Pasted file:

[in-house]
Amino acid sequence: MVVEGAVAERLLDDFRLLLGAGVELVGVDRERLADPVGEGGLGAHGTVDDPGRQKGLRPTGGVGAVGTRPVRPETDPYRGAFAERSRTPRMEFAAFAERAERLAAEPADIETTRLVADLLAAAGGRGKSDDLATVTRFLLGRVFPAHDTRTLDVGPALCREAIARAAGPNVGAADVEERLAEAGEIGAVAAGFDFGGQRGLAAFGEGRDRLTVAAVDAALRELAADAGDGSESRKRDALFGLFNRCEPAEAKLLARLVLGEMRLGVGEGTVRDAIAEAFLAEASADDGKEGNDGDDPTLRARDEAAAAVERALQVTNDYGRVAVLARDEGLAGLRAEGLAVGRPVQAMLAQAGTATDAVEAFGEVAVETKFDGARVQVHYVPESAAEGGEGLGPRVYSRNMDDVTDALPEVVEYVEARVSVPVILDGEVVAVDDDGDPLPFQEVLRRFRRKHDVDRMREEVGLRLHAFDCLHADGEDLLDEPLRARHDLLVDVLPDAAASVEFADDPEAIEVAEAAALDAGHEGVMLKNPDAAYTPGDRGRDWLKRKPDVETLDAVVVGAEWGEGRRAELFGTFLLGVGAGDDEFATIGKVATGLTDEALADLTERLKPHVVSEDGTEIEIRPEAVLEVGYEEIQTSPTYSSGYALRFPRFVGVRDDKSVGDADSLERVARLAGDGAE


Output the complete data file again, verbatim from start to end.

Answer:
[in-house]
Amino acid sequence: MVVEGAVAERLLDDFRLLLGAGVELVGVDRERLADPVGEGGLGAHGTVDDPGRQKGLRPTGGVGAVGTRPVRPETDPYRGAFAERSRTPRMEFAAFAERAERLAAEPADIETTRLVADLLAAAGGRGKSDDLATVTRFLLGRVFPAHDTRTLDVGPALCREAIARAAGPNVGAADVEERLAEAGEIGAVAAGFDFGGQRGLAAFGEGRDRLTVAAVDAALRELAADAGDGSESRKRDALFGLFNRCEPAEAKLLARLVLGEMRLGVGEGTVRDAIAEAFLAEASADDGKEGNDGDDPTLRARDEAAAAVERALQVTNDYGRVAVLARDEGLAGLRAEGLAVGRPVQAMLAQAGTATDAVEAFGEVAVETKFDGARVQVHYVPESAAEGGEGLGPRVYSRNMDDVTDALPEVVEYVEARVSVPVILDGEVVAVDDDGDPLPFQEVLRRFRRKHDVDRMREEVGLRLHAFDCLHADGEDLLDEPLRARHDLLVDVLPDAAASVEFADDPEAIEVAEAAALDAGHEGVMLKNPDAAYTPGDRGRDWLKRKPDVETLDAVVVGAEWGEGRRAELFGTFLLGVGAGDDEFATIGKVATGLTDEALADLTERLKPHVVSEDGTEIEIRPEAVLEVGYEEIQTSPTYSSGYALRFPRFVGVRDDKSVGDADSLERVARLAGDGAE